|Posted by Sasha Nakae on March 31, 2014 at 11:45 AM||comments (0)|
San Domenico School Children In Need Club Tutoring Program
Starting this semester, Children in Need Club members have been visiting the Pickleweed Community Center and Canal Alliance Organization in the Canal District of San Rafael to help tutor elementary and middle schoolers. At first everyone started off, understandably, a little uncertain. New volunteers didn't know what the kids would be like or how they would do as tutors. However, as the program took off, San Domenico volunteers started walking in with a new confidence, feeling themselves becoming better and more patient teachers. Together, SD tutors help students on math problems and concepts on Tuesdays, and do fun science projects on Fridays. On these days they have enjoyed watching the improvement of their students over the course of one and/or multiple sessions. All volunteers agree that having such hard working and quick learning students helps a lot. Sylan Yuan proudly described her experience with a student writing "even though she is confused about the topic she doesn't get mad and stays focused".
The program is a lot more than just homework help, it's fun! The volunteers have introduced games to motivate the students and help them pay attention. Also, in the program, volunteers have made friends with their students because they always seem to make people smile and laugh. Ivy Liang recounted getting to know one girl when "she shared some of her stories with me and asked me about my school". The most important consensus about the program is that it has a mutual benefit for both tutors and students. Ada Wang agrees, writing "after today's tutoring, we all made progress in becoming better tutors. I have become more patient than before; and I believe that for those of us whose native language is not English, the program helps us make great progress in improving our English skills, since we are working with local students". We at the Children in Need Club are proud of our members for helping to educate the next generation as we look forward to the program's continuation and growth.
|Posted by Margaret Xu on March 16, 2014 at 1:45 AM||comments (1)|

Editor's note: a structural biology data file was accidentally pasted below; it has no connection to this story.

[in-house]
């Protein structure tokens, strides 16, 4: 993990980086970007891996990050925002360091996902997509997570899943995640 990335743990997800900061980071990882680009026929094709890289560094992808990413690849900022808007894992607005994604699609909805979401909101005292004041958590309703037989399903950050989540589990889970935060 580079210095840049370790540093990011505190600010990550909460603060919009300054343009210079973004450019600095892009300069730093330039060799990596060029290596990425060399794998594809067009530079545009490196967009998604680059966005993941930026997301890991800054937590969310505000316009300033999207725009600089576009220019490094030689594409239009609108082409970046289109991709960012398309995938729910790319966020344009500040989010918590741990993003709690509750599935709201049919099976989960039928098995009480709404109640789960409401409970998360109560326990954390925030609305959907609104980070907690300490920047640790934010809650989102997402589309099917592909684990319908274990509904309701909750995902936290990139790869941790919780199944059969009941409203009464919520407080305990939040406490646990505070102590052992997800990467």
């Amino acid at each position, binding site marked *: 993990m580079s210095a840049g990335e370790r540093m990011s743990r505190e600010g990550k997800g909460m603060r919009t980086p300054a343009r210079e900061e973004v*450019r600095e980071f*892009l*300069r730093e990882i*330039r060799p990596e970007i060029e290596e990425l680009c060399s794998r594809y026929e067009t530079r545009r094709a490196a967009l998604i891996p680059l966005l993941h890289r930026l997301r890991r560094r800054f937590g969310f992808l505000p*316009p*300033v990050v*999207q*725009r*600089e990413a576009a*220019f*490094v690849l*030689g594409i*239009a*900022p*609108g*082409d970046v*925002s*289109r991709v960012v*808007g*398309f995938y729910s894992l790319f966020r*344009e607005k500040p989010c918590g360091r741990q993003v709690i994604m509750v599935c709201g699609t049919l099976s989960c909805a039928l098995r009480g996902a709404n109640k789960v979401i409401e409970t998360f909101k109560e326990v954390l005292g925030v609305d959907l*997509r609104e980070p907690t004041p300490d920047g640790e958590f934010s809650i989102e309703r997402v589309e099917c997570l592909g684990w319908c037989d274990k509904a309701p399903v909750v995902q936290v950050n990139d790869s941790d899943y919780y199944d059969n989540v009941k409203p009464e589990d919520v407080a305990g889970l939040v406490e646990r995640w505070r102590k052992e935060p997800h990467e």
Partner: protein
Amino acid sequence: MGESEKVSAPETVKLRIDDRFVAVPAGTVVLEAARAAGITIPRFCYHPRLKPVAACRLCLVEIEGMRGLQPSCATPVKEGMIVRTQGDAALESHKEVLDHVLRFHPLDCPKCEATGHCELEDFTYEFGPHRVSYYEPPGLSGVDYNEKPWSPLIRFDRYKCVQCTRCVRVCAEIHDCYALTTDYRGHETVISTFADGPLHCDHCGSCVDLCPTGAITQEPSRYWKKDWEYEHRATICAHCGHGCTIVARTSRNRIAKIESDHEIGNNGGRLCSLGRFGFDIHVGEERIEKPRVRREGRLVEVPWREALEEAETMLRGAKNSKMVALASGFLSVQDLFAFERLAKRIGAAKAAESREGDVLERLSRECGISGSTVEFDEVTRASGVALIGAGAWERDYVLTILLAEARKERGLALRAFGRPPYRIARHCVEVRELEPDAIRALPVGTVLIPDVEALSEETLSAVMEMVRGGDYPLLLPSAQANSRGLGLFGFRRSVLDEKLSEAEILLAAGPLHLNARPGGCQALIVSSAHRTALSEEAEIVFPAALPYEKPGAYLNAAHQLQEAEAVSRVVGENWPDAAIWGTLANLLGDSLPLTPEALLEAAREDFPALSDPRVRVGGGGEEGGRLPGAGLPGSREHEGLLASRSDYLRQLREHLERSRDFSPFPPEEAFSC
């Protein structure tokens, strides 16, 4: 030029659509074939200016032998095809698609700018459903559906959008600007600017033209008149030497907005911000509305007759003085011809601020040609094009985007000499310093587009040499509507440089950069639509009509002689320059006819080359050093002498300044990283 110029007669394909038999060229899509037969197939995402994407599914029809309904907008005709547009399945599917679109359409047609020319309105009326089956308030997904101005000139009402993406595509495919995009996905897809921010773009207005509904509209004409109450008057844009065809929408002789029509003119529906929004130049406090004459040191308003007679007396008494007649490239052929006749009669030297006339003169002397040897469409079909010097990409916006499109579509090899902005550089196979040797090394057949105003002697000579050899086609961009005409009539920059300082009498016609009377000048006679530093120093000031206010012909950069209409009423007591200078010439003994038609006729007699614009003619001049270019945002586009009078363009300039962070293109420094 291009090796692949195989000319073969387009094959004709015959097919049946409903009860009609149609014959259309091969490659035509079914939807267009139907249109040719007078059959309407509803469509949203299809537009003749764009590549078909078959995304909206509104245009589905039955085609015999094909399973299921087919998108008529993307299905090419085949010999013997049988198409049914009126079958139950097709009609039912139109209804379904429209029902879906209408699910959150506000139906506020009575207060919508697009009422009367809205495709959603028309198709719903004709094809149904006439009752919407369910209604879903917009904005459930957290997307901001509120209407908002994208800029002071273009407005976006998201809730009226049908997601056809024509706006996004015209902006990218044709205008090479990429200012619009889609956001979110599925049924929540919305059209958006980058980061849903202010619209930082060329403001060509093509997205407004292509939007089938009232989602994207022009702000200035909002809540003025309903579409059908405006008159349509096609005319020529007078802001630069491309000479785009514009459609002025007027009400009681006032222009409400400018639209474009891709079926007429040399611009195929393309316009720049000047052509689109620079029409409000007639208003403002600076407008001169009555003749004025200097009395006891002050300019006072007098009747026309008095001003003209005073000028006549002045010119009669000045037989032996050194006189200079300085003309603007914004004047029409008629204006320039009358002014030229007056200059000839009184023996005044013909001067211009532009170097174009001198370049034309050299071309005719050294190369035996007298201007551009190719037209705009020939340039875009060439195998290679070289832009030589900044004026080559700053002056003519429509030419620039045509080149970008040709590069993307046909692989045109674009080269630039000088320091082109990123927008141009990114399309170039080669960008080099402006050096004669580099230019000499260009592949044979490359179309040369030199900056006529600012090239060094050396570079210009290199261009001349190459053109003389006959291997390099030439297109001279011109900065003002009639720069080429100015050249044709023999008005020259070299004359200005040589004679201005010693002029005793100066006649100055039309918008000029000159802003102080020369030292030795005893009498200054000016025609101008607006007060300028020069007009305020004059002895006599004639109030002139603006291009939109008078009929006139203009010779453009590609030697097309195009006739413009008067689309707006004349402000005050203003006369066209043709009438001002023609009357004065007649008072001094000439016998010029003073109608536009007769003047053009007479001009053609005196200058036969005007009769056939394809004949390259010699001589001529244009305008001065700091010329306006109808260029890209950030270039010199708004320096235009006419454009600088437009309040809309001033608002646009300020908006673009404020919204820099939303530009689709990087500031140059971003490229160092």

Today we worked with 4th and 5th grade kids. When we arrived, we set up the materials and divided them into groups. This time our project was to make our own harmonicas. The instrument was really easy to make and super fun to play. My partner was Isabelle and she was so adorable and enthusiastic. She colored her instrument by using different sharpies and showed off her cute designs to me. She told me that she loves listening to music and was really excited to make her own instrument. Even though she was too young to do each step by herself, she tried her best and communicated with me during the process. Every kid in our classroom finished his or her instrument. At the end of the experiment, we held a competition. Each group made their own music with their hand-made harmonicas. They enjoyed playing the instruments and singing with their friends and I saw big smile on their faces. I was so pleased to be with them. They made us volunteers recall our childhoods. Every time I come to the center I learn something from the children. Their optimism inspires me to enjoy my life and gives me courage to face the barriers on my path to success. I could not wait for the next time I can see them.
|Posted by Ivy Cheng on March 14, 2014 at 2:05 AM||comments (0)|
This was our fifth time volunteering. Today we taught 3rd and 4th graders. There were 14 children in the class With two volunteers in charge of three to fours students. We made harmonicas out of tongue depressors and rubber bands. We also made kazoos out of construction paper and wax paper. After each child finished making their instruments we invited every group to perform for the rest of the class. The kids in my group, Andy, Kevin, and Kara were very creative and did a great job. I hope that they will keep their creativity and maintain their outgoing and passionate attitudes when facing challenges in their futures.